Suspensions of solid particles into liquids within industrial stirred tanks are frequently carried out at an impeller speed lower than the minimum required for complete suspension conditions. This choice allows power savings which usually overcome the drawback of a smaller particle-liquid interfacial area. Despite this attractive economical perspective, only limited attention has been paid so far to the modelling of the partial suspension regime. In the present work two different baffled tanks stirred by Rushton turbines were simulated by employing the Eulerian-Eulerian Multi Fluid Model (MFM) along with either the Sliding Grid algorithm (transient simulations) or the Multiple Reference Frame technique (steady state simulations). In particular, a comparison of alternative modelling approaches for inter-phase drag force and turbulence closure is presented. The results are evaluated against a number of experimental data concerning sediment features (amount and shape) and local axial profiles of solids concentration, with emphasis on the partial suspension regime. Results show that some of the approaches commonly adopted to account for dense particle effects or turbulent fluctuations of the volumetric fractions may actually lead to substantial discrepancies from the experimental data. Conversely simpler models which do not include such additional effects give the best overall predictions in the whole range of partial to complete suspension conditions.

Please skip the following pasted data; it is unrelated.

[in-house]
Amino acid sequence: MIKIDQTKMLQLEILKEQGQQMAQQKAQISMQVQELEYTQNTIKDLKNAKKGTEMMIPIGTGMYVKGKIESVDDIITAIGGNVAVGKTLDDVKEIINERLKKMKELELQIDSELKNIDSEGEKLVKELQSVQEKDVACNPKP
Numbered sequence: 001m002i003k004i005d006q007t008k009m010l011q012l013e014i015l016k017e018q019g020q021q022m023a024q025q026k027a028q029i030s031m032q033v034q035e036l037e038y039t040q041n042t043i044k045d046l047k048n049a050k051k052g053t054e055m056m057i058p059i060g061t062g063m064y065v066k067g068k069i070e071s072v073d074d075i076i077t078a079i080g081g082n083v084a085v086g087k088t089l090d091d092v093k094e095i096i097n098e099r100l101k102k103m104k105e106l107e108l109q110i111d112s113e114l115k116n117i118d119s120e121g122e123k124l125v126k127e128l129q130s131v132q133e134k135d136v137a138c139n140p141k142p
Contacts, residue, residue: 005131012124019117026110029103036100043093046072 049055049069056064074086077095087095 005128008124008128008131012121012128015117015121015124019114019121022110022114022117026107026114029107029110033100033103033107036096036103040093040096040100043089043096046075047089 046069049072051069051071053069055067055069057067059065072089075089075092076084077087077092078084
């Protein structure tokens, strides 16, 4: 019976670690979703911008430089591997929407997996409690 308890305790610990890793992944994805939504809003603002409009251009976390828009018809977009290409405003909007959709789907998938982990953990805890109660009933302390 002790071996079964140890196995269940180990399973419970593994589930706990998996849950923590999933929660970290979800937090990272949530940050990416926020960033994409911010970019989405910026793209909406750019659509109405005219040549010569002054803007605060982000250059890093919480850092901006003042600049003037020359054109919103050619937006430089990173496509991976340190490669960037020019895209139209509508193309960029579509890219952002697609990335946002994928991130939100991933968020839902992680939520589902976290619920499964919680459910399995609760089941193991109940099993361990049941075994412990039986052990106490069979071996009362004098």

|Numero di pagine||19|
|Rivista||CHEMICAL ENGINEERING RESEARCH & DESIGN|
|Stato di pubblicazione||Published - 2014|
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